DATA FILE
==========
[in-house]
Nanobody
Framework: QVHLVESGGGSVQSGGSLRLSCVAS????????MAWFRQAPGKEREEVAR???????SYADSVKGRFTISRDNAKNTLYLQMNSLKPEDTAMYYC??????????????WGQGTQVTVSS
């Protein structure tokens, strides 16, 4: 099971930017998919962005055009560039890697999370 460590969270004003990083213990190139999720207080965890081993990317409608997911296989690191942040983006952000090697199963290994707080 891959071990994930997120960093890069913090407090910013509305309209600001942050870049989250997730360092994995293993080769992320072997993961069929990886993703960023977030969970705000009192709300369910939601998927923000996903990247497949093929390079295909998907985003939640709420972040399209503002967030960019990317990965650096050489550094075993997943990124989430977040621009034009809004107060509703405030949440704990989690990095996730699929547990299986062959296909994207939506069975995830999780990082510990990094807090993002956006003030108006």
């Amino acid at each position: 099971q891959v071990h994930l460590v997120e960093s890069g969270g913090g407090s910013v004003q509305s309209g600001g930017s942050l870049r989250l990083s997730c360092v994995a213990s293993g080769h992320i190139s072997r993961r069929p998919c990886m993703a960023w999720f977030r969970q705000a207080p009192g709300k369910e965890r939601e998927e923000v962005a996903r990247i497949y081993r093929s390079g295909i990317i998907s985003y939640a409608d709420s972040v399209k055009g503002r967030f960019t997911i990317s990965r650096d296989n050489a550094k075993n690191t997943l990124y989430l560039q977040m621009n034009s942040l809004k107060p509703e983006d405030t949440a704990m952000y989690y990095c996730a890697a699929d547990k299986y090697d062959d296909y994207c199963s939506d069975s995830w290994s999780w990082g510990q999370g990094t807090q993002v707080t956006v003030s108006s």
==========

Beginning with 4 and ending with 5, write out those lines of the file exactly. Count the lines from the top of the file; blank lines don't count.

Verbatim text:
């Protein structure tokens, strides 16, 4: 099971930017998919962005055009560039890697999370 460590969270004003990083213990190139999720207080965890081993990317409608997911296989690191942040983006952000090697199963290994707080 891959071990994930997120960093890069913090407090910013509305309209600001942050870049989250997730360092994995293993080769992320072997993961069929990886993703960023977030969970705000009192709300369910939601998927923000996903990247497949093929390079295909998907985003939640709420972040399209503002967030960019990317990965650096050489550094075993997943990124989430977040621009034009809004107060509703405030949440704990989690990095996730699929547990299986062959296909994207939506069975995830999780990082510990990094807090993002956006003030108006």
């Amino acid at each position: 099971q891959v071990h994930l460590v997120e960093s890069g969270g913090g407090s910013v004003q509305s309209g600001g930017s942050l870049r989250l990083s997730c360092v994995a213990s293993g080769h992320i190139s072997r993961r069929p998919c990886m993703a960023w999720f977030r969970q705000a207080p009192g709300k369910e965890r939601e998927e923000v962005a996903r990247i497949y081993r093929s390079g295909i990317i998907s985003y939640a409608d709420s972040v399209k055009g503002r967030f960019t997911i990317s990965r650096d296989n050489a550094k075993n690191t997943l990124y989430l560039q977040m621009n034009s942040l809004k107060p509703e983006d405030t949440a704990m952000y989690y990095c996730a890697a699929d547990k299986y090697d062959d296909y994207c199963s939506d069975s995830w290994s999780w990082g510990q999370g990094t807090q993002v707080t956006v003030s108006s």